BLM approves master leasing plan for southeastern Utah

The US Bureau of Land Management approved its first master leasing plan for Utah, encompassing 785,000 acres of public land managed by its Moab and Monticello field offices. It will guide responsible oil, gas, and mineral development in southeastern Utah while protecting important natural resources, iconic scenery, and recreational opportunities, the US Department of the Interior agency said.

BLM brought together a diverse set of stakeholders, including local community members, industry representatives, recreation enthusiasts, tribes, and other interested parties, to develop the Moab Master Leasing Plan/Approved Resource Management Plan Amendments, it said.

The agency also worked closely with state and local agencies as well at the National Park Service and the US Environmental Protection Agency, it said. More than 28,000 public comments were received and considered during the final plan’s development.

BLM said its approved plan focuses protection on areas with high scenic quality, high-use recreation areas, and other areas with sensitive resources, while keeping energy exploration and development in areas with fewer resource conflicts. It said key elements included:

• Prioritizing new leasing of oil, gas, and potash in different parts of the planning area to reduce conflicts from overlapping development and allow for orderly development.

• Phasing potash leasing to test whether development is feasible.

• Reducing wellsite density to minimize surface disturbance in sensitive areas.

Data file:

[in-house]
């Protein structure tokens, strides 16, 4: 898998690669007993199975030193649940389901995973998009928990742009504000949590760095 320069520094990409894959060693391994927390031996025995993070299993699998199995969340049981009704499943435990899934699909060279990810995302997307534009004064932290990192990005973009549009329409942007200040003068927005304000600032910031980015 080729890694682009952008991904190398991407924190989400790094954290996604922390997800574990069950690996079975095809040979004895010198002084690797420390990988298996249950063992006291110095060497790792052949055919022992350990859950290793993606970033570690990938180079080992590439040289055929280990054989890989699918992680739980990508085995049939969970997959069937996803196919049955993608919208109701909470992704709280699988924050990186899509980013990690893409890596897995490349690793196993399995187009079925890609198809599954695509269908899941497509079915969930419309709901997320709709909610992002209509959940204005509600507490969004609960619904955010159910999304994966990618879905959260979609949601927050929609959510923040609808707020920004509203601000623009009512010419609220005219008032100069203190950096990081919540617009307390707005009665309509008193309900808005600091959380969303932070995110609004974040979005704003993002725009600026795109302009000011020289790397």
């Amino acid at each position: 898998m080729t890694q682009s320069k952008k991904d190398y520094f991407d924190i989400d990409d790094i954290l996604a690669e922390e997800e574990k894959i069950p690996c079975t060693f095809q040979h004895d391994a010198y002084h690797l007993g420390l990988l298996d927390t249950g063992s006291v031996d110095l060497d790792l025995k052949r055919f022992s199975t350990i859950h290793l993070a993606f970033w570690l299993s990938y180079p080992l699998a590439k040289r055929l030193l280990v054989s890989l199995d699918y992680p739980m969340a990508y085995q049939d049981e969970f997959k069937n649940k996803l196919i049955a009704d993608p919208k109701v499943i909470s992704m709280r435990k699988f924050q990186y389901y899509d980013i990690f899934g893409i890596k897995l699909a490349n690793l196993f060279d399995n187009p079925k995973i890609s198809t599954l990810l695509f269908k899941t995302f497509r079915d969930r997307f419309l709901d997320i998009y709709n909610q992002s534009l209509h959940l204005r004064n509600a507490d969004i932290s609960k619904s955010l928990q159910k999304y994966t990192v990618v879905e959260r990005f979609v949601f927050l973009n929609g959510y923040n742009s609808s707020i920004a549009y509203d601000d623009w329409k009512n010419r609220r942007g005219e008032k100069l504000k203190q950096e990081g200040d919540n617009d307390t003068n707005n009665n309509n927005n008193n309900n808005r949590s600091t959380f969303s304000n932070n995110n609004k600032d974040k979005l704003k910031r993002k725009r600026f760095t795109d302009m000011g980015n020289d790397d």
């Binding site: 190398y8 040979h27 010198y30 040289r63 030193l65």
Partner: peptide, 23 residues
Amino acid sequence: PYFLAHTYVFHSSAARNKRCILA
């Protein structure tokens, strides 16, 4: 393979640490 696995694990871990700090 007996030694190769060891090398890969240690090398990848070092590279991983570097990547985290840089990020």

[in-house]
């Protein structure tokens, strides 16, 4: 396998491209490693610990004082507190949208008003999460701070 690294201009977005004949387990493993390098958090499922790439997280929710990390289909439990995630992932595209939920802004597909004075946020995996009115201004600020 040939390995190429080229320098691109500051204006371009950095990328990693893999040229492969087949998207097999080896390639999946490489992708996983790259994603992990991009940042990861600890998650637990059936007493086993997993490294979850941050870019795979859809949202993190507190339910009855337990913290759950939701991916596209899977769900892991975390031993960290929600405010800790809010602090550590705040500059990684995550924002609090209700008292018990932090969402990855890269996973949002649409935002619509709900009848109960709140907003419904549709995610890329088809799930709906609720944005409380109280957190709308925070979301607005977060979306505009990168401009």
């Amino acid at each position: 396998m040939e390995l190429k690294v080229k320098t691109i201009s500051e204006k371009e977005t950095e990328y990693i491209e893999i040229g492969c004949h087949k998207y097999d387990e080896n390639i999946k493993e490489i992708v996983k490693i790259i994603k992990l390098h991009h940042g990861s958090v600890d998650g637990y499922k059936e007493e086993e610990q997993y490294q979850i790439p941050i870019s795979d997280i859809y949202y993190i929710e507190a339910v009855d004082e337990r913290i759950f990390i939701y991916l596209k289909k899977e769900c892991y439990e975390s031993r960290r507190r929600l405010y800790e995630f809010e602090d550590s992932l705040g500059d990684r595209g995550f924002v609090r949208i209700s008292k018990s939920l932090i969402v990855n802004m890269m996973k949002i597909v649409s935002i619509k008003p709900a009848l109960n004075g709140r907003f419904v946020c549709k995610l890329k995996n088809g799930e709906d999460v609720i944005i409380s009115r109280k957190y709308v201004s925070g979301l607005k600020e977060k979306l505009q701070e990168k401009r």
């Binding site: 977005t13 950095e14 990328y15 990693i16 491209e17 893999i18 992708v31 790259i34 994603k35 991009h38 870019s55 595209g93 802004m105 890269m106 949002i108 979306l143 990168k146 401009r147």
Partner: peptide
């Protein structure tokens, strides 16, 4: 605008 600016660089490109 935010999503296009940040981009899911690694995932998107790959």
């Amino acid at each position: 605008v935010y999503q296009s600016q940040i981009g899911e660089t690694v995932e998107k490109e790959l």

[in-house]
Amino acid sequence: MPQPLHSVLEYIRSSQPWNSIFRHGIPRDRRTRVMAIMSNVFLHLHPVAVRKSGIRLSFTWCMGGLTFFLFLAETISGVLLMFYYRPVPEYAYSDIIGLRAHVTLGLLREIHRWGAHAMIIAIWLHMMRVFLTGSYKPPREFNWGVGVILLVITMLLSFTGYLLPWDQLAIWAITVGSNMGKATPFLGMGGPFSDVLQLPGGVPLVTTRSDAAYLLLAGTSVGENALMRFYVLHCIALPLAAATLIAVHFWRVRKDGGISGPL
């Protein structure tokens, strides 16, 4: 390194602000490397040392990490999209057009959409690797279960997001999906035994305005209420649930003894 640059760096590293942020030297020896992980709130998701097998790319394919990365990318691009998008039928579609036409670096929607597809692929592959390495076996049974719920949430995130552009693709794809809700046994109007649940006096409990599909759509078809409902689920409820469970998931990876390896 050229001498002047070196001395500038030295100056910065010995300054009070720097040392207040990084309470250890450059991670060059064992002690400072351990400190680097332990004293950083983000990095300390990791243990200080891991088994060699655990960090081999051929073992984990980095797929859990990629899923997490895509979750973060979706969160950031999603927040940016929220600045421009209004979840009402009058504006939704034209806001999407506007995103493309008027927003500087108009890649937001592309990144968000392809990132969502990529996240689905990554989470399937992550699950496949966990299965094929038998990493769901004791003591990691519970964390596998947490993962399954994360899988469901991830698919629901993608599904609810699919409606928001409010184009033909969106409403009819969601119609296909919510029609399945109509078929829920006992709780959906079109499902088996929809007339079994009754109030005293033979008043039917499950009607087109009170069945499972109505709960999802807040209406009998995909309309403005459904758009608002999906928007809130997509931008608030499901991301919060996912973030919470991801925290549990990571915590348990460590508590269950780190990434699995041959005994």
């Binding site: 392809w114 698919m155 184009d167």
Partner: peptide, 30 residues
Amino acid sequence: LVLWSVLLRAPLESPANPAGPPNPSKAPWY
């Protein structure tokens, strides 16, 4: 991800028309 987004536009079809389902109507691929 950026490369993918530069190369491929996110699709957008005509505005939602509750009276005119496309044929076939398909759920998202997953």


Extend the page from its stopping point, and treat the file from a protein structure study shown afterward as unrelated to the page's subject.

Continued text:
• Protecting National Park scenic qualities by strategically closing 145,000 acres of BLM-administered lands to mineral leasing.

• Allowing energy development while providing additional surface protection to about 306,000 acres that are highly valued for scenery and recreation, through the use of No Surface Occupancy stipulations on future leases.

• Using a comprehensive list of the most current and best management practices to reduce, prevent, or avoid adverse environmental or social impacts.

• Providing additional protections for the Old Spanish National Historic Trail.

BLM launched the MLP concept in May 2010 to address a federal onshore oil, gas, and minerals leasing system in which nearly half of all proposed parcels received community protests, and a substantial number resulted in litigation. It initially developed plans in Colorado and Wyoming before bringing the concept to Utah (OGJ Online, Aug. 27, 2015).

In conjunction with making the Moab MLP final, BLM also released the preliminary alternatives for the San Rafael Desert MLP, which was initiated earlier this year and will involve about 525,000 acres in Utah’s Emery and Wayne counties. Comments will be accepted through Jan. 20, 2017, the agency said.

Contact Nick Snow at nicks@pennwell.com.

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